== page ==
With Europe's debt crisis on center stage, last Friday played out as a tragedy for several technology companies, including Informatica
Informatica is an enterprise data integration and data quality software and services provider that has shown signs of trouble since early 2012. The Motley Fool's Earnings Quality, or EQ, Score database ranks Informatica as a "D" stock, and its EQ score since January has bobbled between "D" and "F."
Informatica's storyline reads like this: Revenue rose 19% over the past 12 months despite seasonal variations. Margins have been growing faster than revenue, but the pace of margin growth has been slowing. Cash acquisitions since 2008 have equaled $377.3 million, which has caused capital expenditures to increase in order to manage the added breadth of applications, as well as the company's continued expansion into global markets.
Informatica now faces the dreaded double-edged sword: To expand its client base, more staff must be added to design and build upgrades into the longer menu of products, and to service existing and new clients. Direct sales staff will have to become knowledgeable in a greater variety of applications, too. The company has admitted that it competes on price against larger competitors in extremely competitive markets, so there will be continued pressure on margins because of price discounting.
Balance-sheet metrics look troubling. Accounts receivable have been growing faster than revenue, and days sales outstanding -- the time needed to collect money due -- also has been growing. The cash conversion cycle four-quarter average has increased from 36 days to 38. The company either has been offering its customers favorable payment terms or has been lax at bill collections, or perhaps both.
The market was not kind to Informatica on Friday, and the stock decreased 28% to $31.39, also below its $35 price at the start of 2012. Citing weak demand in Europe, the company reduced revenue estimates to between $188 million and $190 million, and earnings per share fell to between $0.27 and $0.28, versus an average revenue estimate of $197.6 million and EPS of $0.30. The market has had high expectations for Informatica based on its lofty price-to-sales ratio of 7.2 and its price-to-operating cash flow ratio of 31.2 as of March 31. The stock still has a trailing P/E of 28.82, in excess of its growth rate. During the past six months, insider transactions included sales of 520,900 shares, no purchases, and net institutional selling of 8,676,550 shares, or 9.04%. Insiders and institutions alike took advantage of the stock's run-up in price. Was this normal risk mitigation, or did the insiders know something we didn't know but should have been told?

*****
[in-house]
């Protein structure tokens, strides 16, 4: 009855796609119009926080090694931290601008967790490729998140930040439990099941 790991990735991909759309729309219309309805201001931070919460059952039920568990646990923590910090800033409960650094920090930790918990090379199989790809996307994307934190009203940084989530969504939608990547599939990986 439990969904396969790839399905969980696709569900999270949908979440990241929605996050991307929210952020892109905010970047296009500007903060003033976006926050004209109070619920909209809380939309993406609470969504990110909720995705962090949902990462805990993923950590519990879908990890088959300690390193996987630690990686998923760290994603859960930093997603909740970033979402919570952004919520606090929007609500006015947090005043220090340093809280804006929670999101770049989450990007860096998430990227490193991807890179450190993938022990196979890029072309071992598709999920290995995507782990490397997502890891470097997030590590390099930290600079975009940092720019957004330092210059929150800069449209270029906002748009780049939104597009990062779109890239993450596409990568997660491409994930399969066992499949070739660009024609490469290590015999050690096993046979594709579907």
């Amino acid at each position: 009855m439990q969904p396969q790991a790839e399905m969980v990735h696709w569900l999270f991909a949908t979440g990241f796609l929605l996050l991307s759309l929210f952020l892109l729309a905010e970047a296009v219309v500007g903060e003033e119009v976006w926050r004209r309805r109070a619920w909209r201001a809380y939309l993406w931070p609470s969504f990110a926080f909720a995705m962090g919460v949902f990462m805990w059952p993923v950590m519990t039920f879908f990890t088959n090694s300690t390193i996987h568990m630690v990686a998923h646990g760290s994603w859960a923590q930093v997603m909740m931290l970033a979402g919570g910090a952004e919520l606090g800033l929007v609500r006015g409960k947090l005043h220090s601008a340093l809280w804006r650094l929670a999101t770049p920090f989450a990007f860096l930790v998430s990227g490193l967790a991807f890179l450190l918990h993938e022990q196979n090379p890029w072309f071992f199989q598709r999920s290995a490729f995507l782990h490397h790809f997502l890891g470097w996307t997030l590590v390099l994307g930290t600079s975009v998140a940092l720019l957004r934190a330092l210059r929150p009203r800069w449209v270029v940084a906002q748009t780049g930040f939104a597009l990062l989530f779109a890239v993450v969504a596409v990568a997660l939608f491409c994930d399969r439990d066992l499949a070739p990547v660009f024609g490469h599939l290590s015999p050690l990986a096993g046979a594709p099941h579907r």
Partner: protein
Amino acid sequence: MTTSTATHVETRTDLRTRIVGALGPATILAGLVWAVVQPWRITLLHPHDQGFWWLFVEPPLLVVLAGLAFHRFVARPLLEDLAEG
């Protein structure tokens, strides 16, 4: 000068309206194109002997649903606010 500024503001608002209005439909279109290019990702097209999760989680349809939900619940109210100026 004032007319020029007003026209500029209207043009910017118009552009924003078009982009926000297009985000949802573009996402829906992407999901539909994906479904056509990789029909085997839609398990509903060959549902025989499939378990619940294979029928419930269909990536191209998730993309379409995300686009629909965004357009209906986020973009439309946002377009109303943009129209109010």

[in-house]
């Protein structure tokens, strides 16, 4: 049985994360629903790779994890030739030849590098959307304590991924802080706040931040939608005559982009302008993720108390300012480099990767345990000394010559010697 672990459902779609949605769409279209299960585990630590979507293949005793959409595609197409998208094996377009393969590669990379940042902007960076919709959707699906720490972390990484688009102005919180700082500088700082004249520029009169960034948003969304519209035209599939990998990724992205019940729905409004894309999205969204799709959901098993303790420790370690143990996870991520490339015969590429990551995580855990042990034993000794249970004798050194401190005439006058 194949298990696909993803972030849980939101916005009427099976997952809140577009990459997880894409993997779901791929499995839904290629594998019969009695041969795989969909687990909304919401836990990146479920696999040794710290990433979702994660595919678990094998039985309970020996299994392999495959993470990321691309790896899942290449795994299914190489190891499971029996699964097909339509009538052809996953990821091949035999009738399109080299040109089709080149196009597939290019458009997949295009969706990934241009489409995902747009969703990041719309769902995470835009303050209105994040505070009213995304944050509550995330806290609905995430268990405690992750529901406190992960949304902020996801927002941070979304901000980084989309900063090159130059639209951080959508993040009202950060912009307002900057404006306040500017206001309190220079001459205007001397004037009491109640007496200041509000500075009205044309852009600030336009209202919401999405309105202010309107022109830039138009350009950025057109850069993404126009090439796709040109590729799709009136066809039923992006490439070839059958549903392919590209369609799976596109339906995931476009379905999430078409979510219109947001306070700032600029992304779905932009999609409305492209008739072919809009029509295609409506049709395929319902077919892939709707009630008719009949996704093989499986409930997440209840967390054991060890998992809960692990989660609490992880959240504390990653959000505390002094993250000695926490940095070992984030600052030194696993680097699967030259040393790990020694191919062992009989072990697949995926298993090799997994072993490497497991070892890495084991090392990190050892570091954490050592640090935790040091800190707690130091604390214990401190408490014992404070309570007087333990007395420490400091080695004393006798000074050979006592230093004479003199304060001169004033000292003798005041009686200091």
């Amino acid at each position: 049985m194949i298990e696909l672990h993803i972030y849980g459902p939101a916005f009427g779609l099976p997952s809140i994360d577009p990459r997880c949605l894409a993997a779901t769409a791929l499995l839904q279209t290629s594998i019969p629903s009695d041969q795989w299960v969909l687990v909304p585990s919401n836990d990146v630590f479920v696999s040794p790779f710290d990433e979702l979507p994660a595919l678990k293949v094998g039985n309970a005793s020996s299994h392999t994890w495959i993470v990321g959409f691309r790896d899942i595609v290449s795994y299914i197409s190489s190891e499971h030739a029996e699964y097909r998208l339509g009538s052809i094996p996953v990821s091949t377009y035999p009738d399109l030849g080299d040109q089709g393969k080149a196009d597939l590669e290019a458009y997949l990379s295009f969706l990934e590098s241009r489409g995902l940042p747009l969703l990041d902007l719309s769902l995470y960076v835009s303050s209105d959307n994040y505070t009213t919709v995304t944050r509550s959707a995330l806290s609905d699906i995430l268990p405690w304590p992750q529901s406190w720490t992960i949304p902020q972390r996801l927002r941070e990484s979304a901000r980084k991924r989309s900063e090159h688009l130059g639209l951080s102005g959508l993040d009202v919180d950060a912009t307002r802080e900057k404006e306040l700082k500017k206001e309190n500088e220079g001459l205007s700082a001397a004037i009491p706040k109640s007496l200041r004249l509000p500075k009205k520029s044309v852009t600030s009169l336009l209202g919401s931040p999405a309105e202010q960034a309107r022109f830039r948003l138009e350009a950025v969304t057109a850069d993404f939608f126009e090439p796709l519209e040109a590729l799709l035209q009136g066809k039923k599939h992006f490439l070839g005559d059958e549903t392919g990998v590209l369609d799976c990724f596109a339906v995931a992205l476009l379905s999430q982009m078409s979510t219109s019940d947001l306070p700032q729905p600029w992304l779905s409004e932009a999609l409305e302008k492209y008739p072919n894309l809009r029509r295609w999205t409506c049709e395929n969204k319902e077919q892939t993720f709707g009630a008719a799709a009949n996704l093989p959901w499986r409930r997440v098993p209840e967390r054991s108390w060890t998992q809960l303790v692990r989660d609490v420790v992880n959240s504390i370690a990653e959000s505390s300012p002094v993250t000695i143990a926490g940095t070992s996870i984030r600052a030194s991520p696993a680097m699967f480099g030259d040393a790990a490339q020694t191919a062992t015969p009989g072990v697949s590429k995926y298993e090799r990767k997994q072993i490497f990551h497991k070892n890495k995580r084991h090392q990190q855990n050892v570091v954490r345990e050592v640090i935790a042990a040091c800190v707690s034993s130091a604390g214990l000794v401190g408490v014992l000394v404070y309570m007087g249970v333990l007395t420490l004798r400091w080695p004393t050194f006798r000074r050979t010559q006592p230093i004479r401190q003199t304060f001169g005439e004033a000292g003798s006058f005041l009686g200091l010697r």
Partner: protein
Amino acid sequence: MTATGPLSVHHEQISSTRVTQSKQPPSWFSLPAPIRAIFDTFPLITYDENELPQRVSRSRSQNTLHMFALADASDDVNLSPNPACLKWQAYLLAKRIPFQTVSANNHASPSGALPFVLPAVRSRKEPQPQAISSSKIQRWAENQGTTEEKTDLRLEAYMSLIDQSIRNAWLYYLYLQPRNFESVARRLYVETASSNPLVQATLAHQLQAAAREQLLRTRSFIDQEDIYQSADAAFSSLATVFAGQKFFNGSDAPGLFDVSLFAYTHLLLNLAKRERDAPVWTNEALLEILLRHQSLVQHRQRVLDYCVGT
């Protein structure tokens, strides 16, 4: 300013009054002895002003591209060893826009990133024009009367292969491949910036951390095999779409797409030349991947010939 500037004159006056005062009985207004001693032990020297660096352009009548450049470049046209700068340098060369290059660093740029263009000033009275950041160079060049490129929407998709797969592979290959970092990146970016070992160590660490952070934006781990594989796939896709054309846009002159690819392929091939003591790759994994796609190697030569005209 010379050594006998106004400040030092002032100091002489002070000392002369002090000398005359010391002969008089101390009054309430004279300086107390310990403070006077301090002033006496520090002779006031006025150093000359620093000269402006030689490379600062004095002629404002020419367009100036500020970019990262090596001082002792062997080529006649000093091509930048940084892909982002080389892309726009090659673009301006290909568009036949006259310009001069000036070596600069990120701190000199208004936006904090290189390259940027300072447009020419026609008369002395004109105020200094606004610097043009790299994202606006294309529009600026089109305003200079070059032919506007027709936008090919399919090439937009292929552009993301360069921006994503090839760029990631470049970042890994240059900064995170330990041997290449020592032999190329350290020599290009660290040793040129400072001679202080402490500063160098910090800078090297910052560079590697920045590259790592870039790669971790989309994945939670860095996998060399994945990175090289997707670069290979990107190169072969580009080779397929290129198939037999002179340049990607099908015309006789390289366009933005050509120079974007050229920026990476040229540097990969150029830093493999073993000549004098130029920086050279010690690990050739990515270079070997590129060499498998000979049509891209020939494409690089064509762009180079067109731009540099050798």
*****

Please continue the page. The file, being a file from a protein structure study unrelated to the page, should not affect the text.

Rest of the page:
Since January, four research firms have either initiated coverage on Informatica or modified their existing coverage: Two have initiated coverage with a "Neutral" rating, and two downgraded from "Outperform" to "Market Perform" or "Hold."
MicroStrategy ranks a "C" in TMF EQ Score database, up from an "F" since January, which means its situation has actually improved slightly. Revenue has risen 19% year over year, but the administrative costs are sky high at 56% of revenue. As a result, the operating and net profit margins are 0%. EBITDA and operating cash flow margins for the past 12 months show significant deterioration and are at 5% and 9%, respectively. Net income and earnings per share have been negative for several quarters. Worse yet, accounts receivable rose 20% year over year and days payable outstanding -- how long it takes to pay the bills -- is high at 103 days. Despite attempts to manipulate cash flow, it is still anemic. Price to cash flow from operations is 28.3. If you want to buy this stock with a P/E of 76.82, don't -- and buy my bridge instead!
Teradata is currently ranked a "D" for earnings quality and has been another low-earnings-quality stock in 2012. Income-statement metrics are acceptable, and margins and cash flow are much better than MicroStrategy's. Teradata's main issue is with receivables at 81% of revenue and days sales outstanding at 81 days. The P/E, while much lower than MicroStragegy's, is still high at 29.73 ,and this is a new value after the stock-price reduction. The metrics don't justify the valuation.
All five technology stocks deserve closer review, using some of the techniques I've described here. Investors want to find the next great growth play, and technology companies' stories can read like a comedy that'll have a happy ending but actually end in outright tragedy. As always, Foolish readers should base investment decisions on earnings quality.
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